Womb surgery means baby girl will be able to walk

The leg of an unborn baby has been saved by surgery carried out while she was still in the womb.

The operation by Australian surgeons was carried out when the mother was 22 weeks pregnant and became vital when the foetus developed a rare condition, Amniotic Band Syndrome, in which stray bands of tissue wrap around limbs and cut off blood flow.

The parents were facing the prospect of both her feet being amputated by the constricting bands as she grew within the womb.

The surgical team at Monash Medical Centre in Melbourne cut away the tissue from the left leg by using lasers, but the bands of tissue on the right leg were already too deeply embedded.

Baby Leah was born in January and doctors say she is now doing well after plastic surgery and they believe the little girl will eventually be able to walk on both feet.

Amniotic Band Syndrome occurs in around one in every 15,000 births and as it is not usually diagnosed before birth, this type of surgery is uncommon.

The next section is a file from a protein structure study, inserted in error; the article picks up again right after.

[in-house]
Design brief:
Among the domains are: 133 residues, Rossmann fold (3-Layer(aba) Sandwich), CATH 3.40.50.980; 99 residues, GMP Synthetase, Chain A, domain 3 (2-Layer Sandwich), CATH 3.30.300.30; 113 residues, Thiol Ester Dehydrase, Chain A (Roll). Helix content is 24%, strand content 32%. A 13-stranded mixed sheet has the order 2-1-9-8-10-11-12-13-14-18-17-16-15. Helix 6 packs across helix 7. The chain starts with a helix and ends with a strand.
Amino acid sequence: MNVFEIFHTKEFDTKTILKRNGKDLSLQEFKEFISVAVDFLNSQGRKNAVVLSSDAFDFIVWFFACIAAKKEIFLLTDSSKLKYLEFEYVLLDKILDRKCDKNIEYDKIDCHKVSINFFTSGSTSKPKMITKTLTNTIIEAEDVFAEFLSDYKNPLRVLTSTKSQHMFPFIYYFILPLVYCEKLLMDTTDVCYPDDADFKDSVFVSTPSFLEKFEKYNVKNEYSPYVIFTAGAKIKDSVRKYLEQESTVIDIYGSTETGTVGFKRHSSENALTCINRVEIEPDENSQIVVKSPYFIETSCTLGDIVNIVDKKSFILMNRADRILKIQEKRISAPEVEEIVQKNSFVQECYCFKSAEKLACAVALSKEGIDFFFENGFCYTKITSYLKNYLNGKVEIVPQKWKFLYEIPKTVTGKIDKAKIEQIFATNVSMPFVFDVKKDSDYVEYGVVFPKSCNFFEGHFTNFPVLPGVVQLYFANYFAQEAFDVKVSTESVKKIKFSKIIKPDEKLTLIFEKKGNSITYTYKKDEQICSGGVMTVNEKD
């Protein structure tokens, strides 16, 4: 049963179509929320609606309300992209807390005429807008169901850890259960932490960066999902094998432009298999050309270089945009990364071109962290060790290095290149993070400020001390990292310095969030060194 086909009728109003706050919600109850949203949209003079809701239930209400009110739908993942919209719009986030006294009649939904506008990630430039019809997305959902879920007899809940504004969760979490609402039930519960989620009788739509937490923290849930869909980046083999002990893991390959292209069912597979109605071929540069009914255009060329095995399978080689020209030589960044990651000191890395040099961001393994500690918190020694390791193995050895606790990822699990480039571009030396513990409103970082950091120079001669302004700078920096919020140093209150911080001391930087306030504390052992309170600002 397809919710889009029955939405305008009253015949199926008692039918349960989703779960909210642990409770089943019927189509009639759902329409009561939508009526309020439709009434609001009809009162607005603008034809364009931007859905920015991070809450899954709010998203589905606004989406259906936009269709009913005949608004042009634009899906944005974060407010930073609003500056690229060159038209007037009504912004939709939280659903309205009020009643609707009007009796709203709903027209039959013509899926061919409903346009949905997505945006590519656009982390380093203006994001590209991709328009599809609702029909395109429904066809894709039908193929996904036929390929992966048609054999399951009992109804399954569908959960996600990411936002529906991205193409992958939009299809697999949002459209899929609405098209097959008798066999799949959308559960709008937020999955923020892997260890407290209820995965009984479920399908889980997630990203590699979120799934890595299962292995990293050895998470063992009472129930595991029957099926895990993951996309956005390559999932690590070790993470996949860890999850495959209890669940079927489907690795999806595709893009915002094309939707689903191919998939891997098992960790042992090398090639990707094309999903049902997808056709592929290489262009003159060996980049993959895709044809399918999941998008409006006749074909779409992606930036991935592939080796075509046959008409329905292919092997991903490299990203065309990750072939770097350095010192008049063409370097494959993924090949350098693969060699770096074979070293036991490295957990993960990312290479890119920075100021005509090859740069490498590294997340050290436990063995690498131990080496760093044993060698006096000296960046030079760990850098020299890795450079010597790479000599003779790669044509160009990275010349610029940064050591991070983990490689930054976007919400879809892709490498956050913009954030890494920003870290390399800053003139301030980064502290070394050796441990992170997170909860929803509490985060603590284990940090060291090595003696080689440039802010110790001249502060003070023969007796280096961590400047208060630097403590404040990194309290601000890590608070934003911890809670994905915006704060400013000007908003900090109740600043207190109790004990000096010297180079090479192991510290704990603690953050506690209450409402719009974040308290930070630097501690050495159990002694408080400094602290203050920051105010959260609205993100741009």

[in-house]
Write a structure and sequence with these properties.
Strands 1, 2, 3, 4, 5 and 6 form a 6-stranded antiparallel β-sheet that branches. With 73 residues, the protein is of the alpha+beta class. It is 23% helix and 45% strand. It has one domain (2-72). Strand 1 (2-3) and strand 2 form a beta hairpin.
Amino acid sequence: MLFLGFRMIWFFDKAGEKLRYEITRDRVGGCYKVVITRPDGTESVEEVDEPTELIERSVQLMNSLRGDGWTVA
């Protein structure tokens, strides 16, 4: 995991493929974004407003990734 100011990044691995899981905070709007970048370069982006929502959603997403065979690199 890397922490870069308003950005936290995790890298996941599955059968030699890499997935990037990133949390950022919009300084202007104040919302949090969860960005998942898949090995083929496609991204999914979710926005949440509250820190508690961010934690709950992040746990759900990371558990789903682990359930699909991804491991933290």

Leah's mother Kylie Bowlen says the knowledge that her baby will have full function in one foot and be able to walk, confirms that she made the right decision.

For the operation the surgeons pierced the mother's abdomen with a 2mm thick telescopic needle to allow them to apply a laser to cut the band above the baby's left foot.

Surgeon Chris Kimber says the right leg was badly affected and the band had cut through to the bone so it was decided to leave the already swollen and infected foot alone which was reportedly dangling on one tiny artery.

At the time Leah measured less than 20cm and was born eight weeks later weighing 1.63 kilograms (3 pounds 9 ounces).

She then underwent plastic surgery on her damaged right leg where the surgical team removed muscle, tissue and some bone to promote blood flow.

It is thought the operation may have been the earliest in-utero surgery of its type, as usually such surgery is delayed until the mother is 28 weeks' pregnant to improve the baby's chances of survival.

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